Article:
NYC, Jazz at Lincoln Center, Tues, Wed, Thurs, Sept 9, 10, 11, 2008, 7:30 & 9:30pm only, at Lincoln Center's Dizzy's Club Coca Cola. 4th Annual Coca Cola Women In Jazz Festival. The Jessica Williams Trio with Ray Drummond & Victor Lewis: The Music of John Coltrane. Reservations on-line or call 212 258 9595. Frederick P. Rose Hall, Jazz at Lincoln Center, Broadway at 60th Street, 5th Floor, New York City
Life is like a circle sometimes. You think that what’s done is done, and you file it away as a memory. But in some cases those memories come around and become real again, and remind you that life is never predictable or certain.
Back in the late 70’s and early 80’s, I was in the process of learning more in a few years than most folks learn in a long lifetime. I was privileged, too, to have the very best tutors and teachers on the whole planet! I didn’t know at the time that I was learning so much, and I had no idea that the lessons I was getting would be so valuable and durable and important to my whole life.Life is like that. You’re in the middle of one of the most important periods of your existence, and you’re clueless.
But it’s been almost 30 years, and I know now what was going on.
I’m talking about my years playing piano at the Keystone Korner in San Francisco. I got to play with Stan Getz for two whole weeks, in a duo situation. I got to play a whole week with Airto and Flora. I got to play ballads late at night with Dexter Gordon. I got to play melodica in the horn line next to Freddie Hubbard. I got to play opposite Randy Weston and George Cables.
The list of the things I got to do and the people I got to play with is long and quite amazing.
The people I met and the people I learned from in those three years at the Keystone were the people that helped form my music, gave it fire, direction, momentum, and gave me the courage (thank you, Mary Lou Williams) to continue on with my music, against all kinds of adversity.
And, as anyone who ever set foot into the hallowed hall of fame known as the Keystone Korner knows, the whole machine was made to run, and was somehow made to keep running, by a man by the name of Todd Barkan.
Now, thirty years later, I’ll see Todd again soon, as he’s now the musical master of ceremonies of The Lounge at JAZZ AT THE LINCOLN CENTER (Dizzy’s Coca-Cola Club), an unwieldy name if ever there was one, and I’ll be playing there very soon with my trio (my mates are two absolute masters: Ray “The Bulldog” Drummond on bass and Victor Lewis on drums.)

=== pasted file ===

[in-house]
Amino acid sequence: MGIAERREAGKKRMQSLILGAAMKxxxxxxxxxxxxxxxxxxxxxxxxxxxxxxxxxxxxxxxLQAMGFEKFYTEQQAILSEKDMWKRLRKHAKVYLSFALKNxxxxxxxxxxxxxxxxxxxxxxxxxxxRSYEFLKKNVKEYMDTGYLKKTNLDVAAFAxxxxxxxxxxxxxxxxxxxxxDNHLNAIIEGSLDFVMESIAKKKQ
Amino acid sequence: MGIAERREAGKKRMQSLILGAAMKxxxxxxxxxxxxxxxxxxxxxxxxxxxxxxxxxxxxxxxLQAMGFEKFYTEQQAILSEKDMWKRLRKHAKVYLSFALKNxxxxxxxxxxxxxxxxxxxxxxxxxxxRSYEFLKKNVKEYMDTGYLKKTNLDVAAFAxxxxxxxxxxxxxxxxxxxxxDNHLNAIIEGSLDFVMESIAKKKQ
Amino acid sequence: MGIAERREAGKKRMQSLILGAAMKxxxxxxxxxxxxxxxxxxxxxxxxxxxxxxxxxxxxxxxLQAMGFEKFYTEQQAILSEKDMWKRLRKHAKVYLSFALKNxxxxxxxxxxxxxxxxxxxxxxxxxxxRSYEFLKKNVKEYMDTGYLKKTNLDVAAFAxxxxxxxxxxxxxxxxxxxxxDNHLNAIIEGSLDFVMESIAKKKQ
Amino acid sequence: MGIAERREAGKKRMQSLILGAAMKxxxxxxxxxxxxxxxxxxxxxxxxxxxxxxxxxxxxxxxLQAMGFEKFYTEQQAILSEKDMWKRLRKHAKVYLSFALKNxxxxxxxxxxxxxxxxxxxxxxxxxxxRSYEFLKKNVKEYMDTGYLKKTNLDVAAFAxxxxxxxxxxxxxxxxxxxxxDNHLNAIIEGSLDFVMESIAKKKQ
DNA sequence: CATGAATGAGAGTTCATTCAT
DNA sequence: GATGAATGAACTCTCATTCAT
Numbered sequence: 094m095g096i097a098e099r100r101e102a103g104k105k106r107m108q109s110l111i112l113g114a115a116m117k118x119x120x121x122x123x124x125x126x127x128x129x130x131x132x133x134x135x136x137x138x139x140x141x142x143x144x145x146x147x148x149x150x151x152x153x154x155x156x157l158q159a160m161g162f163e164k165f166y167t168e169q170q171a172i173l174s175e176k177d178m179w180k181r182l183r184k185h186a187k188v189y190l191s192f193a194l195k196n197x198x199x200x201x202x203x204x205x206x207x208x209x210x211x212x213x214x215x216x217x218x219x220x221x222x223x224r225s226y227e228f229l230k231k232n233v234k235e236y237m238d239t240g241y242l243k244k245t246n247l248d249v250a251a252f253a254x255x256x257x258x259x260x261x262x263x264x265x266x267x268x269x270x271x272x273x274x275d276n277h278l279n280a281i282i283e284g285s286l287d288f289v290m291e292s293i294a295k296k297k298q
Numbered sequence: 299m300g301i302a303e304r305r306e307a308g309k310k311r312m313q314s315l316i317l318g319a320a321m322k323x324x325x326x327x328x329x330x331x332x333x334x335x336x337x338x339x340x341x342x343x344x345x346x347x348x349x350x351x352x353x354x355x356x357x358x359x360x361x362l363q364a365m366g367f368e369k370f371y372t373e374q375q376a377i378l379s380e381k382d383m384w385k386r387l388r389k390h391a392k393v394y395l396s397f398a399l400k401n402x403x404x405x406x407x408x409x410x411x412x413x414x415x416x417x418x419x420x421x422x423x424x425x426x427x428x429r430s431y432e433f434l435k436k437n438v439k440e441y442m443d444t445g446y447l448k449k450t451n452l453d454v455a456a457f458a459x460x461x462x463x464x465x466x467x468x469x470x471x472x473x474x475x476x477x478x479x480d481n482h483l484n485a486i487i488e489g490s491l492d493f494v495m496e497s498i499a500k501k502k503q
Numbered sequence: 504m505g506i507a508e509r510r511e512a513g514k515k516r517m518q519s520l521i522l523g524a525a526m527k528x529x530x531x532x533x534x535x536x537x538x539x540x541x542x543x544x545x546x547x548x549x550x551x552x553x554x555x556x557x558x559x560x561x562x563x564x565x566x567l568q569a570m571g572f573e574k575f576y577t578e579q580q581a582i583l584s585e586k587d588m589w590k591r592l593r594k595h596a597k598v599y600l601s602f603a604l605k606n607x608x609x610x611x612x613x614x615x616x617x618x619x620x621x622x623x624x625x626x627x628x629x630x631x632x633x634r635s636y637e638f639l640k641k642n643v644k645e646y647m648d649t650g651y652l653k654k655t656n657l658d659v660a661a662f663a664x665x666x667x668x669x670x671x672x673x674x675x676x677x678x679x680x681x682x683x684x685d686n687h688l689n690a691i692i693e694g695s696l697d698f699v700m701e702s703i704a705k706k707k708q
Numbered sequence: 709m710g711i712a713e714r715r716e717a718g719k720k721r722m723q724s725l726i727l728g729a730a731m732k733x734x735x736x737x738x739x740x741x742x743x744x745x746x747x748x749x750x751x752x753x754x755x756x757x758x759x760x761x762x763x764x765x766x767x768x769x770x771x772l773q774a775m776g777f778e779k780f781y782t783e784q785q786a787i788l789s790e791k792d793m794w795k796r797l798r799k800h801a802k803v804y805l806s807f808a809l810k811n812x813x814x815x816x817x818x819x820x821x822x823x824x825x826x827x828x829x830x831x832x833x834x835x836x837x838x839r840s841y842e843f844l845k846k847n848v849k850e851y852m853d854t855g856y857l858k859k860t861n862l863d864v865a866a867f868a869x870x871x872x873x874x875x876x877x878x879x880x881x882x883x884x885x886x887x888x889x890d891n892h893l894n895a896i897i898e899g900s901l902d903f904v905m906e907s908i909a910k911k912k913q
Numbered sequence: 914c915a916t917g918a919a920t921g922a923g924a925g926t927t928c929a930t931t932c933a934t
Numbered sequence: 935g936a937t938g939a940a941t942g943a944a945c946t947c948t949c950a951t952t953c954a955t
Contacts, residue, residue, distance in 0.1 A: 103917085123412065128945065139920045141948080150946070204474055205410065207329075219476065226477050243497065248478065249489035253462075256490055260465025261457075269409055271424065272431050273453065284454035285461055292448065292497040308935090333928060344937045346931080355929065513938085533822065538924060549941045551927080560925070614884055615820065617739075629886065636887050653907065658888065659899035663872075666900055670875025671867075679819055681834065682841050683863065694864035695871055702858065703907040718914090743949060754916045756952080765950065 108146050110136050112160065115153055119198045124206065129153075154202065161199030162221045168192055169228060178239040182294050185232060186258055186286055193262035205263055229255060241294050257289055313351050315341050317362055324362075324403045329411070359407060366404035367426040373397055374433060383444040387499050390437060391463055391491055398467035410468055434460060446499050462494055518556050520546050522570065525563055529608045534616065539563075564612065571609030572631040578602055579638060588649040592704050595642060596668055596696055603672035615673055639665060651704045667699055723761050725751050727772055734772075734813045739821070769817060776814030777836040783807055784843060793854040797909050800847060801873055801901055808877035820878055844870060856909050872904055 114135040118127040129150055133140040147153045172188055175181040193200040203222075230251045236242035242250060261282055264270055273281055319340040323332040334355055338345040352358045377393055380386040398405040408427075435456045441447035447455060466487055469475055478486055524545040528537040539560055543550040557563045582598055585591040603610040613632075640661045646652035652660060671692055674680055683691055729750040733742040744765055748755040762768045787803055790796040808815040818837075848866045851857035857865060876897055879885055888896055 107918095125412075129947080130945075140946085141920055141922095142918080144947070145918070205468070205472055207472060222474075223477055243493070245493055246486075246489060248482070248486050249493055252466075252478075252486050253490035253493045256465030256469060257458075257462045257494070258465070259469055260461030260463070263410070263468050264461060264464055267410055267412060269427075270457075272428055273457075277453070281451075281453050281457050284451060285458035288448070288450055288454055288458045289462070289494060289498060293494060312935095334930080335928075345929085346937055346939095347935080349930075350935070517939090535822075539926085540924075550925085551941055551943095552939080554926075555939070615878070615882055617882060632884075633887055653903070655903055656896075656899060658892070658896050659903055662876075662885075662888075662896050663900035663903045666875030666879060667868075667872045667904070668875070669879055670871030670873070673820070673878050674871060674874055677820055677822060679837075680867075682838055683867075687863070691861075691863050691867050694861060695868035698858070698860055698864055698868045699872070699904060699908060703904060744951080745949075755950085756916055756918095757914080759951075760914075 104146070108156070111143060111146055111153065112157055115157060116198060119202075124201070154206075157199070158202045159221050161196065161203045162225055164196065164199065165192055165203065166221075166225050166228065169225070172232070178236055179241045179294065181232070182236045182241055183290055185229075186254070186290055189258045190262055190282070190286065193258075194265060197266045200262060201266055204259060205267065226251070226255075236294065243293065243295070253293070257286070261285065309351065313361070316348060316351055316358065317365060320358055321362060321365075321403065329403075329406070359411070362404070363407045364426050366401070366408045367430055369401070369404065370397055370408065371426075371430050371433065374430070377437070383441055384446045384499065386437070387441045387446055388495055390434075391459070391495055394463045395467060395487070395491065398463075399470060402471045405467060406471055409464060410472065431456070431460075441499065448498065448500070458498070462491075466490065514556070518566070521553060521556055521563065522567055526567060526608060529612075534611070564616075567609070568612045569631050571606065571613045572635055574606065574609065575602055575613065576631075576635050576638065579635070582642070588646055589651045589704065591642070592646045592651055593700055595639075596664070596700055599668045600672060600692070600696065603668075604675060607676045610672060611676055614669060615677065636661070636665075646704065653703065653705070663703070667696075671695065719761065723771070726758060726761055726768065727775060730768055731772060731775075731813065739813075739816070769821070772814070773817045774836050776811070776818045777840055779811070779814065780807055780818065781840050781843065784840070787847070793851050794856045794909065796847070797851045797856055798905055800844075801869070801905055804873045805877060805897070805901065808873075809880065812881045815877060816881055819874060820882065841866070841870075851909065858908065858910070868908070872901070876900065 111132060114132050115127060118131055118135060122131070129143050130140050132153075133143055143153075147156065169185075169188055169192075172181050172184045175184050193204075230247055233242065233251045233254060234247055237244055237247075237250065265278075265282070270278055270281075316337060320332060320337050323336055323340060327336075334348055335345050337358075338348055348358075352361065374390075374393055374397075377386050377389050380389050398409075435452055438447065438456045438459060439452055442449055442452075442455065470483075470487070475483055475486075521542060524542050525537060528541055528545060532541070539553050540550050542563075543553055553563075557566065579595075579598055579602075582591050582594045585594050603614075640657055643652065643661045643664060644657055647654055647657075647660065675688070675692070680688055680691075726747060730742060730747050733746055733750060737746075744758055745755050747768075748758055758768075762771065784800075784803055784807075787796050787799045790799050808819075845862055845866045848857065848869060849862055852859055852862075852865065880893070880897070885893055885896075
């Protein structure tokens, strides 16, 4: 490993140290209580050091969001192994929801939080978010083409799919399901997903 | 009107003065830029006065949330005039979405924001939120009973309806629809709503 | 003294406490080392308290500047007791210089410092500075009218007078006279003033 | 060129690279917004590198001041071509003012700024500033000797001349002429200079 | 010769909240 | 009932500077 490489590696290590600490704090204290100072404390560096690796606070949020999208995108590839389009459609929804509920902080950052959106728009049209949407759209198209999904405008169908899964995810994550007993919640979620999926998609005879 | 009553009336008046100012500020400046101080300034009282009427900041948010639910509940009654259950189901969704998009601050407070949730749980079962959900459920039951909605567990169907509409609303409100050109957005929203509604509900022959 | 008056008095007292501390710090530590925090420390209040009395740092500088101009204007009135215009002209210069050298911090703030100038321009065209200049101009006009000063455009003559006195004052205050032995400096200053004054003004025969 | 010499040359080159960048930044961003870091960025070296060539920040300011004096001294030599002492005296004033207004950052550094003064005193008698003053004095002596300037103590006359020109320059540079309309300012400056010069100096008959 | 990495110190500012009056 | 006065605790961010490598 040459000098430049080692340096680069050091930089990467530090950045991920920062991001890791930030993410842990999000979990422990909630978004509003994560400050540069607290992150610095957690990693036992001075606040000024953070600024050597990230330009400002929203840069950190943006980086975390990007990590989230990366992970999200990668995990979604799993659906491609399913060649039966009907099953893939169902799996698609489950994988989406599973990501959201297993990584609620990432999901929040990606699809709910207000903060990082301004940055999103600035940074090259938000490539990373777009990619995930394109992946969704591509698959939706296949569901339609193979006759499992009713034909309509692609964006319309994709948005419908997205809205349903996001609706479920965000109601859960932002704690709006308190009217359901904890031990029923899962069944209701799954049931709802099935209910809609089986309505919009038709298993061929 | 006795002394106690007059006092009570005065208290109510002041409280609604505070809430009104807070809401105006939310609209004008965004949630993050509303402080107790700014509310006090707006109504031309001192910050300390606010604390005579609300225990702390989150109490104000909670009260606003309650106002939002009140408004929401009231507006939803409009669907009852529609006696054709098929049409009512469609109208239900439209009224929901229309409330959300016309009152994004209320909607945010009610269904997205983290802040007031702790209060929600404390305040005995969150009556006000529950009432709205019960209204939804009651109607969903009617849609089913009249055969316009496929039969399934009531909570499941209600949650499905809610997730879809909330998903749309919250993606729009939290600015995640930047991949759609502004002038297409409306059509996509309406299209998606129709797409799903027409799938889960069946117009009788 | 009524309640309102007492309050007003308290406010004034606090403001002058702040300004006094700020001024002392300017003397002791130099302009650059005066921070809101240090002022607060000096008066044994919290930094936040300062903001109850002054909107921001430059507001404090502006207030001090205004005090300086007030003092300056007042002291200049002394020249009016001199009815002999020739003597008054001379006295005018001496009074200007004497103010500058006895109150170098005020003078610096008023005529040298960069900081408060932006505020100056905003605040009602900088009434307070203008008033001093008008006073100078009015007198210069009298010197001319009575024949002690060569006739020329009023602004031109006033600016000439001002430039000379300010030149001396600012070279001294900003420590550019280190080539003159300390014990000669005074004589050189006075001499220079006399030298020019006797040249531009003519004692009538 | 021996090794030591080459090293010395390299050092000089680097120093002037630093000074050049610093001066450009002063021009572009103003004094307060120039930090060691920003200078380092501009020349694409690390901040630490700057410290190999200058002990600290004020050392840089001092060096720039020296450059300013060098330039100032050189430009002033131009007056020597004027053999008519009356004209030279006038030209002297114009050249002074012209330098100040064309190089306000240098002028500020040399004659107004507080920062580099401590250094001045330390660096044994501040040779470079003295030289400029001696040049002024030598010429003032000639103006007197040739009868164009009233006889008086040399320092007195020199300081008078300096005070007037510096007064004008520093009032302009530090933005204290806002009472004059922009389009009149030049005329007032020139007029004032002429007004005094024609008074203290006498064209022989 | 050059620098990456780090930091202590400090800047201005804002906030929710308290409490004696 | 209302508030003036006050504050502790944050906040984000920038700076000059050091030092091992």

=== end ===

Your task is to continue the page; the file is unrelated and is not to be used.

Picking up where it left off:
While I was at the Keystone, still relatively young and green, Todd would pass by the piano as I was playing (sometimes opposite monster bands like Art Blakey’s Jazz Messengers!) and whisper “you’re gettin’ it. Sounds good.” Or "that's the way it's supposed to sound... you're cookin'".) And I’d forgotten all about those whispers and mutterings.
Todd heard something in me that he didn’t hear in any of the other “local” pianists, who would have given their right foot to do what I was doing, and he gave me three full years to work my demons and multiple weaknesses out on the bandstand. He’d walk by on his way to the back room and smile or show some sign of approval. And, to be honest, there were plenty of times when I received no signal or no approval at all.
This was school. This was the real deal. This is what made people buy my CDs while other pianists were playing twice as fast and working ten times as much.
Todd was always a little mysterious to me, but he let me stay there, in the middle of this musical maelstrom - with Rahsaan Roland Kirk and Kirk Lightsey and the Chicago Arts Ensemble and Pharoah Sanders and Max Roach and Elvin Jones - and sometimes he'd put me up there with the giants. Even when I got out of hand, he was forgiving and patient. He’d introduce me to people I thought I’d never meet (the initial meeting with Freddie Hubbard was particularly warped and incendiary) and he'd invite me into the back room to attend the sacred and secret meetings of the “luminaries and their esteemed colleagues.”
It’s funny to me that it would take me over a quarter of a century to realize that Todd Barkan had practically arranged and paid for my schooling.
He believed in me a long time before I believed in myself.
I’m going to see him again soon, and I’m going to tell him about my revelation. I’m sure he’ll take it in traditional Todd Barkan manner: “yeah. I knew that. Where were you?”
Thanks, Todd, for my education, for paying my student loan, for my inspiration. See you soon.